The information below comes from the statement of deficiencies compiled by health inspectors and provided to AHCJ by the Centers for Medicare and Medicaid Services. It does not include the steps the hospital plans to take to fix the problem, known as a plan of correction. For that information, you should contact the hospital, your state health department or CMS. Accessing the document may require you to file a Freedom of Information Request. Information on doing so is available here.
|EDWARD WHITE HOSPITAL||2323 9TH AVE N SAINT PETERSBURG, FL||July 5, 2012|
|VIOLATION: COMPLIANCE WITH 489.24||Tag No: A2400|
|A. Based on reviews of clinical records,
policy and procedures and interview it
was determined the facility's emergency
department (ED) physician failed to
complete an appropriate medical
screening examination (MSE)to include
ancillary services routinely available in
the emergency department to
determine whether or not an emergency
medical condition existed for (#1) of 20
sampled patients. Refer to findings in
B. Based on clinical record review and
policy review it was determined the
facility failed to ensure that stabilizing
treatment was provided to an individual
that was within the capability of the
hospital's ED for (#1) of 20 patients
reviewed with an emergency medical
condition (EMC) was stabilized prior to
discharge. Refer to findings in Tag A-
|VIOLATION: MEDICAL SCREENING EXAM||Tag No: A2406|
|**NOTE- TERMS IN BRACKETS HAVE BEEN EDITED TO PROTECT CONFIDENTIALITY**
Based on reviews of clinical records, policy and procedure and interview it was determined the facility's emergency department (ED) physician failed to complete an appropriate medical screening examination (MSE) to include ancillary services routinely available in the emergency department to determine whether or not an emergency medical condition existed (#1) of 20 sampled patients.
Review of the "Emergency Patient Record" dated 6/8/2012 revealed that the subject (a 63 year old) of the complaint presented to the emergency department(ED) at 2:08 p.m. The patient was triaged at 2:10 p.m., with a chief complaint of "Chronic leg pain and difficulty walking." The chief complaint was listed as extremity pain/injury. The subjective assessment revealed the patient was complaining of exacerbation of chronic lower extremity pain. She was diagnosed with neuropathy with lower extremity pain for 3 months. The patient also complained of diarrhea for 3 days. The objective assessment revealed the patient was alert and oriented. She was very skinny and disheveled. The patient's vital signs in triage were blood pressure 146/73, pulse 92, respiration 16, oxygen saturation level of 95% on room air and a pain level of 10 on a scale of 0-10 (pain scale rating on scale of 1-10 with 10 being severe). The complaint of pain was to extremity with an onset date of 3/10/12 at 8:00 a.m. The patient was assigned an acuity level of 3, urgent and taken to room in main ED, via wheelchair.
A detailed nursing extremity assessment was completed at 2:14 p.m. The nurse documented the patient had "bilateral lower extremity pain for 3 months and has a history of diabetic neuropathy (diabetic nerve pain can include burning or shooting pain in the feet and legs). The patient was requesting pain medication repeatedly. The physician was made aware. The patient also states she has been having diarrhea for 3 days." A pain assessment was completed at 2:20 p.m. by nursing. A review of the nursing documentation revealed the patient was initially evaluated by the ED physician at 2:25 p.m. The nursing assessment also revealed the pain level was a 10 on a scale of 0-10, has been ongoing ache and burning in bilateral legs. The patient was medicated for the pain at 2:46 p.m. with Demerol (pain medication) 25 milligrams (mg) intramuscularly. A pain reassessment was completed at 3:19 p.m., with the patient reporting a pain level of 5. Further documentation by the ED nurse under the section titled; "Physical Findings" indicated that the patient's "Musculoskeletal Assessment" was an identified problem. The patient was care planned for "Impaired Musculoskeletal Function/Mobility and pain."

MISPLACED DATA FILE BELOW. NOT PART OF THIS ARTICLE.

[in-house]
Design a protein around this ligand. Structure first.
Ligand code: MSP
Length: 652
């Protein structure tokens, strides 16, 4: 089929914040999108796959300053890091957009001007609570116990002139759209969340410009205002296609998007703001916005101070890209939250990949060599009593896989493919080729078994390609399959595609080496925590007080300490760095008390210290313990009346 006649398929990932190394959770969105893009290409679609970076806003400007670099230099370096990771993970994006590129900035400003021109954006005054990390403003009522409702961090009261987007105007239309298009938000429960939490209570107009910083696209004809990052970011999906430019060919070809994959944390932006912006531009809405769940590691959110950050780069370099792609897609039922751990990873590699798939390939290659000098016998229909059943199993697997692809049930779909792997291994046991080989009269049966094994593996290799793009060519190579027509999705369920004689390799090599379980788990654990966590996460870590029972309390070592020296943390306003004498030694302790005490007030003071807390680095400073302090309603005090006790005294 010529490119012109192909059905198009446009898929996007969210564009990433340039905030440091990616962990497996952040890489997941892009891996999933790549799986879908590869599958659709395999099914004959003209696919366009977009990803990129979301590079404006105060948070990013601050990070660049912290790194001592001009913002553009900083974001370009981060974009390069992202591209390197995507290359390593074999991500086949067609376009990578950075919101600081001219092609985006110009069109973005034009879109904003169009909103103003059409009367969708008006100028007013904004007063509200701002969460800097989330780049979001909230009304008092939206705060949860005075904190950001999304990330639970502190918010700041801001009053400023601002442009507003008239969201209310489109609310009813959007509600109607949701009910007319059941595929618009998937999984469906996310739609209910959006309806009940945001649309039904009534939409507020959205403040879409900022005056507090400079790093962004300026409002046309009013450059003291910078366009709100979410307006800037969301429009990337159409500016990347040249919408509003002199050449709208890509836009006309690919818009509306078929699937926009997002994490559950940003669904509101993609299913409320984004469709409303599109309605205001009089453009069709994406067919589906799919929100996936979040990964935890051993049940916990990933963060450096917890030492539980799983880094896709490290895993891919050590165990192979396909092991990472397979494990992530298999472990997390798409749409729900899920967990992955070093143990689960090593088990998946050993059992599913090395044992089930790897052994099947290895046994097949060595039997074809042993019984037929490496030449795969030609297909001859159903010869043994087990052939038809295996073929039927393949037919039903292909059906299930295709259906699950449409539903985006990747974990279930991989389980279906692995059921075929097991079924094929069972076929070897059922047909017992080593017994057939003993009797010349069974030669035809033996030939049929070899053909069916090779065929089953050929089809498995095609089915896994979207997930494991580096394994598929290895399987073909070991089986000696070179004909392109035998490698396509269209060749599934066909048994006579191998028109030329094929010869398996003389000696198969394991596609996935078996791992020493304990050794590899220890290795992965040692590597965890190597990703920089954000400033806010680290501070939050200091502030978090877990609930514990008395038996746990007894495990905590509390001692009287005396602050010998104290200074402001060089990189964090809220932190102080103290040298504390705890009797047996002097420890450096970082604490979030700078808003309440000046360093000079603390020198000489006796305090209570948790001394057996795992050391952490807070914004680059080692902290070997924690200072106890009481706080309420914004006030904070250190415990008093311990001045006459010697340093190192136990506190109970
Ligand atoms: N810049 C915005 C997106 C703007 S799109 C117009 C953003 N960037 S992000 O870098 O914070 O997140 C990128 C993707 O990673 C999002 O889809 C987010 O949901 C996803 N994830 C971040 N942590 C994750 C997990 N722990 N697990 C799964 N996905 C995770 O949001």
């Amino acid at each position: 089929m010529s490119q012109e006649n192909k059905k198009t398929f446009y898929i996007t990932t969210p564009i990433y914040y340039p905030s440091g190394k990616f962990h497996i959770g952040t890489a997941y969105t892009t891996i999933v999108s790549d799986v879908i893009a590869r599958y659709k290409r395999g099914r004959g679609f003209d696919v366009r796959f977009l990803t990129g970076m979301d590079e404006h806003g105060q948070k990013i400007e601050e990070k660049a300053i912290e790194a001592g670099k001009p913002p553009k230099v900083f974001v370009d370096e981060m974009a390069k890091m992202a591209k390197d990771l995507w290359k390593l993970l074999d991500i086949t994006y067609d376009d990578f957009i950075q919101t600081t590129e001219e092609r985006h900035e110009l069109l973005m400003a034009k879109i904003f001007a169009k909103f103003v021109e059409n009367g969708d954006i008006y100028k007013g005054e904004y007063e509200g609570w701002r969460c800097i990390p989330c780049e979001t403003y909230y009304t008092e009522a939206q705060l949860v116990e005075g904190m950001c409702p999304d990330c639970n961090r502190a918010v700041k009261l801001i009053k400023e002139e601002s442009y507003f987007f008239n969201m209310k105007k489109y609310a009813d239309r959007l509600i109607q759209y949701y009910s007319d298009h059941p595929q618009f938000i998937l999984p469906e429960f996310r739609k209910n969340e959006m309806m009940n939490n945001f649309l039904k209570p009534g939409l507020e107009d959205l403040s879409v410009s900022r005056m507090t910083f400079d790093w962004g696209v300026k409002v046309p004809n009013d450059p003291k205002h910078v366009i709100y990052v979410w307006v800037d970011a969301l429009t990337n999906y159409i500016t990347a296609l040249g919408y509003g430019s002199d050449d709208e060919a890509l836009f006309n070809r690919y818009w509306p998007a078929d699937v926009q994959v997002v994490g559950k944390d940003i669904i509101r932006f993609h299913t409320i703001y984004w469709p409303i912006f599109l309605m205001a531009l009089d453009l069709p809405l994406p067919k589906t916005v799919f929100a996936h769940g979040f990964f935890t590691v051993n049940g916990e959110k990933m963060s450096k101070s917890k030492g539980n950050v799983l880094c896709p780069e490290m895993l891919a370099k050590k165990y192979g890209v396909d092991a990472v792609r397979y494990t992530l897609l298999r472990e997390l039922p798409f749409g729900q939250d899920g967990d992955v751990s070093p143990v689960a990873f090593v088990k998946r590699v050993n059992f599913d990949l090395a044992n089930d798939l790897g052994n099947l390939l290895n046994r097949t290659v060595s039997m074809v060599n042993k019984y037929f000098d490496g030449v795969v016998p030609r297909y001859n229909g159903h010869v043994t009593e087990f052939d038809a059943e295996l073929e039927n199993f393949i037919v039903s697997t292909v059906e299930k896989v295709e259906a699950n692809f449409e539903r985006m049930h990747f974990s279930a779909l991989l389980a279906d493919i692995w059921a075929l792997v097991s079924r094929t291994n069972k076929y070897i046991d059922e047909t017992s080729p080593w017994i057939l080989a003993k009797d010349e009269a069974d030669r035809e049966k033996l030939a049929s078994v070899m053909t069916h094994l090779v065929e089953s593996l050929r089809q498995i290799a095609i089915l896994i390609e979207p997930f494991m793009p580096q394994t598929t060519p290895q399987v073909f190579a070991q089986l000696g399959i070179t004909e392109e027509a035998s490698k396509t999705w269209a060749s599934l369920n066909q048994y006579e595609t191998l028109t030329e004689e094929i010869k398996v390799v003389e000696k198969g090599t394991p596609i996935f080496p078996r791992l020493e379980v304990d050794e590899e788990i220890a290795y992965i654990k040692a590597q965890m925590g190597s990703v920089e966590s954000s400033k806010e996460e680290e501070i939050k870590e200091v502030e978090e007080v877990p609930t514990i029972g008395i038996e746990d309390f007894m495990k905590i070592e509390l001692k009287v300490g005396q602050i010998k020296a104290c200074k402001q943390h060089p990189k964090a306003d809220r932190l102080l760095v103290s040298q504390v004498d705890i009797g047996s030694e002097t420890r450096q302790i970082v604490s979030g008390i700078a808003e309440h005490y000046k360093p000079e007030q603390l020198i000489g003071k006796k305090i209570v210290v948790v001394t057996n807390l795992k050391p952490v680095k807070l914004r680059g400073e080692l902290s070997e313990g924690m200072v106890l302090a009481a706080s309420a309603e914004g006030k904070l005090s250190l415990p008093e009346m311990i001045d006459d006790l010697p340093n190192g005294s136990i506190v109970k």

Documentation by the ED nurse revealed the patient was discharged home at 3:20 p.m., "...son here to pick her up, Pt. (patient) assisted to w/c (wheelchair)." The patient was given discharge instructions and prescription for Flexeril (a muscle relaxant used to treat musculoskeletal conditions such as pain). The patient was discharged 42 minutes after she was first triaged.
A review of the ED physician's record (no date/time) revealed a chief complaint of bilateral leg pain for years and diarrhea for 3 days. The past medical history was listed as chronic obstructive pulmonary disease (COPD) and congestive heart failure (CHF). The physical examination was focused on the extremities. The physician documented the extremities were normal on inspection. Further review under the sections titled, CVA (Cardio Vascular System, respiratory, and Abdomen (GI) (GI -Gastrointestinal) were all left blank, despite this patient having a past medical history of CHF and COPD, and complaint of diarrhea for 3 days. The physician's clinical impression was chronic leg pain and diarrhea. The physician also checked off on this form as reviewing the nursing assessment, which identified this patient as having "Impaired Musculoskeletal/Mobility." There was no documented evidence that the patient's compliant of diarrhea was addressed. There was also no evidence that any diagnostic evaluation was completed to determine whether or not an emergency medical condition existed for this patient (#1) on 6/8/2012.